GMB Seek Meeting With National Grid To Raise Concerns Over Announcement Of Sale Of Its Regional Gas Distribution Networks
Members will be very worried about potential job losses and threats to terms and conditions of employment when the sale goes ahead says GMB.
GMB, the union for gas and energy workers, commented on National Grid announcement that it plans to sell of its regional gas distribution networks which connect customers in the West Midlands, Eastern England, North West and parts of London. The sale does not include long-distance, high-pressure transmission pipelines. See notes to editors for copy of report on the BBC website dated 10th November 2015.
Brian Strutton, GMB National Secretary for energy, said "GMB had no prior warning of this announcement and it will come as a nasty surprise to the National Grid workforce in the gas networks.
Members will be very worried about potential job losses and threats to terms and conditions of employment when the sale goes ahead.
The sale also raises serious strategic concerns about the continuing fragmentation of UK energy delivery and probable foreign ownership with ever increasing risks to system safety. For all these reasons I'm asking for an urgent meeting with National Grids chief executive Steven Holliday to raise these concerns with him and get some answers."
Contact: Brian Strutton, GMB National Secretary on 07860 606137 or GMB Press Office on 07921 289880 or 07974 251823.
Notes to editors
Copy of report on BBC website dated 10th November 2015.
National Grid to sell stake in gas unit
UK power operator National Grid plans to sell a majority stake in its gas distribution business.
The company said it wanted to "realise the value it has created in the networks" and would return the money to shareholders.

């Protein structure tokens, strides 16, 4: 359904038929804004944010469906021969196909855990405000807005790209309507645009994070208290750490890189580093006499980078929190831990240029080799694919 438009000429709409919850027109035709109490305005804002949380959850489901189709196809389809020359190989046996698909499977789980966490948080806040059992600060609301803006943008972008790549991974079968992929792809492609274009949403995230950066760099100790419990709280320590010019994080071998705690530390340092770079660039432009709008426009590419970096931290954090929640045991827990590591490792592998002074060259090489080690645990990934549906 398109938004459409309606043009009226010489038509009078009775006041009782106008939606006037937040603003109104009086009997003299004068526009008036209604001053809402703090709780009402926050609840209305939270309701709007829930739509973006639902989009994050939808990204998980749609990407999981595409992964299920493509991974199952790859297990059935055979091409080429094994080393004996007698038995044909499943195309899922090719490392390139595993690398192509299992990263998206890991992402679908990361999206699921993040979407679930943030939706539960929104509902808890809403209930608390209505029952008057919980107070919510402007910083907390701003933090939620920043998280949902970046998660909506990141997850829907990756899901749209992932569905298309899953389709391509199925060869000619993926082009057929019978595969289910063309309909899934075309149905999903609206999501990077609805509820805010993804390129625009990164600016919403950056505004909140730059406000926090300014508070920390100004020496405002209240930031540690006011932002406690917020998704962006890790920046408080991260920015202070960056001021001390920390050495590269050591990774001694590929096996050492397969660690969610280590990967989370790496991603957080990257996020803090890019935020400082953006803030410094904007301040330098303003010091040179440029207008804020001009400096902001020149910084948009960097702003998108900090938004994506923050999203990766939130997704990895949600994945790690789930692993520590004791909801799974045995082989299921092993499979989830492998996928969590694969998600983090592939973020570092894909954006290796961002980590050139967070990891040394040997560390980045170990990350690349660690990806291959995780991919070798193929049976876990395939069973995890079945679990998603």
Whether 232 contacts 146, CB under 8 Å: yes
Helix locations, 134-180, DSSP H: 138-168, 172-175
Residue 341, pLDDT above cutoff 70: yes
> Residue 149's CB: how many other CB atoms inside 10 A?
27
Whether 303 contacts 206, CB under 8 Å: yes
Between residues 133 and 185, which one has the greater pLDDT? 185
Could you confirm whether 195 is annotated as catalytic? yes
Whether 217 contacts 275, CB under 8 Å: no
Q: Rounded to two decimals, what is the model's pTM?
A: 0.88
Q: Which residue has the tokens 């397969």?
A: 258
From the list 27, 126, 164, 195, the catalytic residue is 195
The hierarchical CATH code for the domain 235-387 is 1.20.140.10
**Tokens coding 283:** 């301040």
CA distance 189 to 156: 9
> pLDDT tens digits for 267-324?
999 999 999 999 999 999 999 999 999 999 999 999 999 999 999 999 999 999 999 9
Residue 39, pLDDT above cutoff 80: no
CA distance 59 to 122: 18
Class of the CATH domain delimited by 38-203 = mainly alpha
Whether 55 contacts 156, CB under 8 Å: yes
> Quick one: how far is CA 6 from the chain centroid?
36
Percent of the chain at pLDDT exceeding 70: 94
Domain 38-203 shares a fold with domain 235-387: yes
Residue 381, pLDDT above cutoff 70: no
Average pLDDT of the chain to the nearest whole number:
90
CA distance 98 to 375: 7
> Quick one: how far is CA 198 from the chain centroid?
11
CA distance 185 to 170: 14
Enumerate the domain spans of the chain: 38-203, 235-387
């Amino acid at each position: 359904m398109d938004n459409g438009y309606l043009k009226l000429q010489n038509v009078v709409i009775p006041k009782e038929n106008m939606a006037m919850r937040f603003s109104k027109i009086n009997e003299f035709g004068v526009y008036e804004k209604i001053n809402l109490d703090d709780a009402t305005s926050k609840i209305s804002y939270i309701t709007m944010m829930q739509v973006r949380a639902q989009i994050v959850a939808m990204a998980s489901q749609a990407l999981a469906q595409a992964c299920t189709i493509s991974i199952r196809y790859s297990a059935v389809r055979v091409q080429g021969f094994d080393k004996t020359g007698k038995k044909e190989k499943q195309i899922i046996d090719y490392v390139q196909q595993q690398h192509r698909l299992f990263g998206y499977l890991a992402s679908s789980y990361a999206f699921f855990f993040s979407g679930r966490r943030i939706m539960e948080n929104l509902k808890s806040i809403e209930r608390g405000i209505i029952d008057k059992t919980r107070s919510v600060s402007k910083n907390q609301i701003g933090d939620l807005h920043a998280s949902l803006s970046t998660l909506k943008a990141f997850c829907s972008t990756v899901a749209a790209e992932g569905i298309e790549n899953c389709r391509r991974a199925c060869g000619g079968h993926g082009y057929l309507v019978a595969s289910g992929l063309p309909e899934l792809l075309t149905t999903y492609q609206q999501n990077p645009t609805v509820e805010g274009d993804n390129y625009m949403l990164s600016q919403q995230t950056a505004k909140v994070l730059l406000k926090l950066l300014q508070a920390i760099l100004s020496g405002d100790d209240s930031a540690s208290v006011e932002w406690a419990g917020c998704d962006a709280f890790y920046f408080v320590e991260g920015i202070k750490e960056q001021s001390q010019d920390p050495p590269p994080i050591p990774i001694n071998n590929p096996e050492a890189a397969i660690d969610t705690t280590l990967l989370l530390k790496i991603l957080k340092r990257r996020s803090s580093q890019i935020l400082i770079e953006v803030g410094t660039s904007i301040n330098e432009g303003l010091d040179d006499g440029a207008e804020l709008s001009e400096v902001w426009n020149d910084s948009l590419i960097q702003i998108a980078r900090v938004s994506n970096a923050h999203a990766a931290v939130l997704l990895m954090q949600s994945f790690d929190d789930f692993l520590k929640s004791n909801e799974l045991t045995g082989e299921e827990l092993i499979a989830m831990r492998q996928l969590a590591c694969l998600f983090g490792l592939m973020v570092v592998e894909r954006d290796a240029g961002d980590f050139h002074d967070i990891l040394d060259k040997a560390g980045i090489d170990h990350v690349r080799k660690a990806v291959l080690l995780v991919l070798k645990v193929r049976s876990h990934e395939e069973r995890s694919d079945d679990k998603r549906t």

National Grid's gas business owns 82,000 miles of pipeline, and delivers gas to about 11 million domestic, industrial and commercial customers.
The company reported a 15% rise in half-year pre-tax profit to £1.348bn.
Asked about the fears of power supply shortages this winter, Steve Holliday, National Grid's chief executive, told the BBC's Today programme that the winter would be "tight but manageable" under normal circumstances.
He added that the extra measures that National Grid had taken to deal with the tightness of supply were the cheapest way, at a cost of 50p per household, to balance supply and demand.
Last week, it was forced to ask the power industry to generate more electricity, as well as request that heavy users switch to back-up supplies, as a result of multiple energy plant breakdowns. That was the first such request since 2012.
In July, it warned that this winter would see the tightest supply margin for power since 2009.
The sale of the gas pipelines is expected by early 2016.
"The UK gas distribution business has been an important part of National Grid and the sale of a majority stake will realise some of the value we have created for our shareholders," Mr Holliday said.
The Sunday Times has previously reported that the business could be worth £10bn.